• David Schlatter

A sharp businessman, always looking for a deal. A big heart. A public figure that could tower over a crowd — and, yet, a warm voice that relished getting lost in a good conversation.

That’s how colleagues and loved ones remember David Schlatter, a dedicated member of the south Denver metro business community, who died at 57 in late June.

Schlatter, who recently moved to the Denver Tech Center, lived in Centennial for many years, said his friend, Colorado state Sen. Jack Tate, a Republican of Centennial.

Jeff Keener, a former colleague of Schlatter’s and the president of the South Metro Denver Chamber of Commerce, remembers always smiling at the sight of Schlatter approaching, knowing a colorful and animated conversation was about to begin.

“He was a character. He was one of those guys,” Keener said, who would “just start talking about whatever was on his mind.”

Recalling conversations with Schlatter, Keener laughs, remembering that they “could go on for hours, and there’d never be that lull where you’re lost for words.”

Before earning a reputation as an affable but driven advocate for business interests in the south Denver area, Schlatter grew up in Oregon.

With graduate studies in business administration under his belt, he built a career of more than 25 years of experience in commercial real estate sales and leasing. His family moved from Oregon in 2011 because of Colorado’s preferable commercial real estate market at the time, said his daughter, Kayti Schlatter.

Along the path of his career, Schlatter turned his energy toward pushing for opportunity for others.

Bob Golden, former South Metro Denver Chamber president, recalled Schlatter taking initiative as soon as Golden took the organization’s helm.

“David was one of the first people to reach out to me when I accepted the position of CEO of the South Metro Denver Chamber. We met for breakfast, and we had a very in-depth conversation about the chamber and what my vision was for future initiatives and the overall direction,” Golden wrote in a July 14 chamber newsletter that announced Schlatter’s death. “There was no question he was checking me out in an almost interview fashion as only David could do.”

Golden encouraged him to get engaged, and Schlatter came to lead the chamber’s Economic Development Group, an effort of business and community leaders to enhance the economic climate of the south metro area.

Schlatter worked hard to bring speakers and relevant information at the chamber’s monthly economic development meetings, sessions for business members to learn about topics such as what cities are doing for the business community, Keener said. Schlatter also served on the chamber’s board of directors.

Ever opinionated, Schlatter’s ideas for shaping the chamber “were always well thought-out with an execution plan in place,” Golden wrote in the newsletter. Chamber leaders didn’t always agree with Schlatter’s vision, but many of his efforts “came to fruition and made us a stronger and more effective organization,” Golden wrote.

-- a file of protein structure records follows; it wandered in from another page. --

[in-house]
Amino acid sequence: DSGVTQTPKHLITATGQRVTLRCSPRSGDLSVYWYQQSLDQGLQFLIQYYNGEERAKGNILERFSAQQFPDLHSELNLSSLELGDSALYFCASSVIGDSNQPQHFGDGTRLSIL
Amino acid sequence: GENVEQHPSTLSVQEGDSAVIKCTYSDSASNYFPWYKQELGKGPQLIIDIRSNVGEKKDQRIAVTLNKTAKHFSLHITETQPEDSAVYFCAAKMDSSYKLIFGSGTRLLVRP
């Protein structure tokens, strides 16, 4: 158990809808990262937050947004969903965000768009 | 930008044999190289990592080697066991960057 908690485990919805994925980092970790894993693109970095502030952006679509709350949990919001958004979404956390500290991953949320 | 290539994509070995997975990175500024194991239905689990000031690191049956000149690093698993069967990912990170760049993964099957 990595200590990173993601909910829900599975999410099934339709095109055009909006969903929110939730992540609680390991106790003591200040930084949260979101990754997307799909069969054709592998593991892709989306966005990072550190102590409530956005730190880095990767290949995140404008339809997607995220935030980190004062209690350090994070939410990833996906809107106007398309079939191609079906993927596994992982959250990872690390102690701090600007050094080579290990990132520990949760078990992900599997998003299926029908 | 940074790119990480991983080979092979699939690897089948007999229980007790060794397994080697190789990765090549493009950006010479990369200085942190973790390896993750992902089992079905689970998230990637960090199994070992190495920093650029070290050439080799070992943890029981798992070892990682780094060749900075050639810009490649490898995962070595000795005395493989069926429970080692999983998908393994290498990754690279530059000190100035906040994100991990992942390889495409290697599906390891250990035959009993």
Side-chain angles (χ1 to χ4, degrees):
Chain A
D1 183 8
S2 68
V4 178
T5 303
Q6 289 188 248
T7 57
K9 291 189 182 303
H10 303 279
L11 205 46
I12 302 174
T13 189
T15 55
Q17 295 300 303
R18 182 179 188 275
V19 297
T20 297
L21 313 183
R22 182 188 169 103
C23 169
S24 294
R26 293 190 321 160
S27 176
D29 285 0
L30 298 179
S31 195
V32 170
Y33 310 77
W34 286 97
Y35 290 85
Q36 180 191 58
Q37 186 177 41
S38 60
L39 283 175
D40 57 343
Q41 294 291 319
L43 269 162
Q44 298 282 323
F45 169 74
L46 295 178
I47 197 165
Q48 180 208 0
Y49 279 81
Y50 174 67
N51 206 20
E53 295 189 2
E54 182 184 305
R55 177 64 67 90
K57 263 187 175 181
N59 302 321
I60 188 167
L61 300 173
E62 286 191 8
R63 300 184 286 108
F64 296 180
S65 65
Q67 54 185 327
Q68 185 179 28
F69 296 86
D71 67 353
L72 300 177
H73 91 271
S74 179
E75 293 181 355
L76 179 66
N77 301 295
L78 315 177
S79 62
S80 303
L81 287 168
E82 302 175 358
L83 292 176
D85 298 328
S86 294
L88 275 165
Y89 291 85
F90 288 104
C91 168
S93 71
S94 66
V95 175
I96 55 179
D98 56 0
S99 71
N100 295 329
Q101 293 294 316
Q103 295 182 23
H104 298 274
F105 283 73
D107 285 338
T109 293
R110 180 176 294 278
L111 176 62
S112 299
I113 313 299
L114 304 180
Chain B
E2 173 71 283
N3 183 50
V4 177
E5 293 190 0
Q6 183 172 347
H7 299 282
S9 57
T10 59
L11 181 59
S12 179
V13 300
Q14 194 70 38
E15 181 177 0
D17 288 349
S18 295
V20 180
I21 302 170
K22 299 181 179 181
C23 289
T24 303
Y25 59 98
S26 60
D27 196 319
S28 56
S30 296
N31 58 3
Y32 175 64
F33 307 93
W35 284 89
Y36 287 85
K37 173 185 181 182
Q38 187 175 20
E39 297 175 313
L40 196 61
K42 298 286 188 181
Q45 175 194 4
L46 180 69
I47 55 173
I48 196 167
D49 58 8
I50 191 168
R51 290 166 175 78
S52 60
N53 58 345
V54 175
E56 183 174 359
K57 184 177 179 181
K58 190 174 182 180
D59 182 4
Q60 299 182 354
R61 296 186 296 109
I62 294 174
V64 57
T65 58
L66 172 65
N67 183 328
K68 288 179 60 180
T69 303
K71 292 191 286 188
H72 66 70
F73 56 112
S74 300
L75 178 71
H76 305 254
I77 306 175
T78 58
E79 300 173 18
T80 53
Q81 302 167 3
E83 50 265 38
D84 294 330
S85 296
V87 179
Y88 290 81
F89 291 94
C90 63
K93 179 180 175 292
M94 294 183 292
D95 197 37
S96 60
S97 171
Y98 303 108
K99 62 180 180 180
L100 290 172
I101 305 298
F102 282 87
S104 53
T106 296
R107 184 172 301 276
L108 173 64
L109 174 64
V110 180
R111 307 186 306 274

For Keener, Schlatter’s sense of community toward local businesspeople stood out.

“He was going to put in his own time, effort and determination to make that community better. It was almost like he wasn’t going to let anyone tell him no. He was going to sweep you up and take you along on the ride, and nothing was going to slow him down,” Keener said. “There was no ‘give up’ in him. If he had it in his mind, he was going to get it done.”

But for all his drive in business and economics, Schlatter lived with a vivacity and warmth in his personal life, as his daughter highlighted.

“My dad was a man full of excitement for life and passion for people. He was one of my best friends and greatest cheerleaders,” Kayti Schlatter wrote in a Facebook post. She added: “He cared deeply and loved quickly. Some people in his life never knew how much he cared for them, but if my dad had asked for your name, he was planning on remembering it forever.”

Schlatter had “a deep faith in God and felt every emotion,” his daughter wrote.

Schlatter is survived by Kayti, 24; her brother, Joseph, 27; and younger brother Danny, 21, all residents of the south Denver metro area.

Schlatter’s openness left an impression on Centennial City Councilmember Kathy Turley even though they weren’t close friends, Turley wrote in the chamber’s newsletter.

“Dave was bold and courageous in his thoughts, speech and demeanor,” wrote Turley, also a member of the chamber’s board of directors. “When in a crowd, he was the tallest in stature and always in command of his audience, Yet, there was a softness and vulnerable nature that was captivating and engaging.”

Tate called Schlatter “a dear friend” in the newsletter.

“I loved to hang out with (him) in all contexts: from a social event at the South Metro Denver Chamber to watching football games together. He always challenged me to think about what could be done differently,” Tate wrote.

Schlatter also was involved in the chamber’s Business Leaders for Responsible Government program, an arm of the organization that allows business owners to engage with public policy and elected officials. Schlatter served as a board member of the Global Chamber of commerce’s Denver branch, and he chaired Arapahoe County’s 2017 Citizens Budget Committee.

In a 2018 Colorado Community Media op-ed, Schlatter implored his fellow residents to take part in the decisions that affect them locally.

“Too often, we focus on national- and state-level issues when much more direct impacts are felt at our city and county level such as potential new taxes,” Schlatter wrote. He added: “Talk to your commissioner. Share concerns with your county-wide elected officials.

“Get involved in a city or county committee. Come to public hearings. It is your county,” Schlatter wrote. “Take action.”

Services were held July 31.